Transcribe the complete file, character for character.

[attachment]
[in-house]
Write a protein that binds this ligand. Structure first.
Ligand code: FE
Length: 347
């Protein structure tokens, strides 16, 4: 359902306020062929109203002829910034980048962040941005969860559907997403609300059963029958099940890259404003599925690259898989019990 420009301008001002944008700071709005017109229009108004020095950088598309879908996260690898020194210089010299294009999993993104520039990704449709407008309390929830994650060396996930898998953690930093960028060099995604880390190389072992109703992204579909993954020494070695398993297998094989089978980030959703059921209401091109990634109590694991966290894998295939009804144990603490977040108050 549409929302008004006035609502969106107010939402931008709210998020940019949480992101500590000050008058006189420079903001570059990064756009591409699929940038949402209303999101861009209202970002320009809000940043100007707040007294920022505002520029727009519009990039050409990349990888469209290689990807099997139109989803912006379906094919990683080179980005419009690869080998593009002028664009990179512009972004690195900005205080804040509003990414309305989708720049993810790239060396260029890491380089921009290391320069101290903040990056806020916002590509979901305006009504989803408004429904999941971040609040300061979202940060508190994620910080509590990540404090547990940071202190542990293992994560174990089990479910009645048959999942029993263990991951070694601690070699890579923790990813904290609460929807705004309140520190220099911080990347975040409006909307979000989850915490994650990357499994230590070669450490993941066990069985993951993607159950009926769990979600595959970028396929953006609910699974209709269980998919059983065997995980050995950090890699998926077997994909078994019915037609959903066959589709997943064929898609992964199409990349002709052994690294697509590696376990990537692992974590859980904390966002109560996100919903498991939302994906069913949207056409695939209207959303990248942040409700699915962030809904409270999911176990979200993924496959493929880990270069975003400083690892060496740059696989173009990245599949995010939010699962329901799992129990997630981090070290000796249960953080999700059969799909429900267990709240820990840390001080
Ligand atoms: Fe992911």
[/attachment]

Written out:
[in-house]
Write a protein that binds this ligand. Structure first.
Ligand code: FE
Length: 347
């Protein structure tokens, strides 16, 4: 359902306020062929109203002829910034980048962040941005969860559907997403609300059963029958099940890259404003599925690259898989019990 420009301008001002944008700071709005017109229009108004020095950088598309879908996260690898020194210089010299294009999993993104520039990704449709407008309390929830994650060396996930898998953690930093960028060099995604880390190389072992109703992204579909993954020494070695398993297998094989089978980030959703059921209401091109990634109590694991966290894998295939009804144990603490977040108050 549409929302008004006035609502969106107010939402931008709210998020940019949480992101500590000050008058006189420079903001570059990064756009591409699929940038949402209303999101861009209202970002320009809000940043100007707040007294920022505002520029727009519009990039050409990349990888469209290689990807099997139109989803912006379906094919990683080179980005419009690869080998593009002028664009990179512009972004690195900005205080804040509003990414309305989708720049993810790239060396260029890491380089921009290391320069101290903040990056806020916002590509979901305006009504989803408004429904999941971040609040300061979202940060508190994620910080509590990540404090547990940071202190542990293992994560174990089990479910009645048959999942029993263990991951070694601690070699890579923790990813904290609460929807705004309140520190220099911080990347975040409006909307979000989850915490994650990357499994230590070669450490993941066990069985993951993607159950009926769990979600595959970028396929953006609910699974209709269980998919059983065997995980050995950090890699998926077997994909078994019915037609959903066959589709997943064929898609992964199409990349002709052994690294697509590696376990990537692992974590859980904390966002109560996100919903498991939302994906069913949207056409695939209207959303990248942040409700699915962030809904409270999911176990979200993924496959493929880990270069975003400083690892060496740059696989173009990245599949995010939010699962329901799992129990997630981090070290000796249960953080999700059969799909429900267990709240820990840390001080
Ligand atoms: Fe992911």